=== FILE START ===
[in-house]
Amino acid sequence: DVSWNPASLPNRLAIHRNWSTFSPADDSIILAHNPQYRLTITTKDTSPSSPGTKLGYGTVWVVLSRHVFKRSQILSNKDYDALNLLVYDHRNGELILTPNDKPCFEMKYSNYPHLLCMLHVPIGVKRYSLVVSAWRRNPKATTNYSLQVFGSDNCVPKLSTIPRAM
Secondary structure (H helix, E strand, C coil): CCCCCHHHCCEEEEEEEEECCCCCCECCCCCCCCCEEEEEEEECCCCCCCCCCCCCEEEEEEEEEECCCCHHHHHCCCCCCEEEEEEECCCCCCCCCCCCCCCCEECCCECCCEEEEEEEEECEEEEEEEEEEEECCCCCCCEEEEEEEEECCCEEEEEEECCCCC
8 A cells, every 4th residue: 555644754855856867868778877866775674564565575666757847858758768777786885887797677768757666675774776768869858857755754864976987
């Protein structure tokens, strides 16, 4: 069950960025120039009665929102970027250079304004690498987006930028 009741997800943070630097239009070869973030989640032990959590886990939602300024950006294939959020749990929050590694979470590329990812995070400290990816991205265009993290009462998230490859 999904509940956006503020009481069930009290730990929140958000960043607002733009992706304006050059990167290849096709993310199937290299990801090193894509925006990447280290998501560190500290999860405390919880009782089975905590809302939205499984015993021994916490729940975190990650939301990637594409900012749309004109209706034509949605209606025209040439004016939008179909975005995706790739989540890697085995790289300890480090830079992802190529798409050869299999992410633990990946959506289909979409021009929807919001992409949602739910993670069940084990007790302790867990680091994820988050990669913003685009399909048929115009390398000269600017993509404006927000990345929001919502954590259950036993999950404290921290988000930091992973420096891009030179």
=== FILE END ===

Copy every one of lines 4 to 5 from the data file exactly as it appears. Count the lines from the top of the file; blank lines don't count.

8 A cells, every 4th residue: 555644754855856867868778877866775674564565575666757847858758768777786885887797677768757666675774776768869858857755754864976987
């Protein structure tokens, strides 16, 4: 069950960025120039009665929102970027250079304004690498987006930028 009741997800943070630097239009070869973030989640032990959590886990939602300024950006294939959020749990929050590694979470590329990812995070400290990816991205265009993290009462998230490859 999904509940956006503020009481069930009290730990929140958000960043607002733009992706304006050059990167290849096709993310199937290299990801090193894509925006990447280290998501560190500290999860405390919880009782089975905590809302939205499984015993021994916490729940975190990650939301990637594409900012749309004109209706034509949605209606025209040439004016939008179909975005995706790739989540890697085995790289300890480090830079992802190529798409050869299999992410633990990946959506289909979409021009929807919001992409949602739910993670069940084990007790302790867990680091994820988050990669913003685009399909048929115009390398000269600017993509404006927000990345929001919502954590259950036993999950404290921290988000930091992973420096891009030179």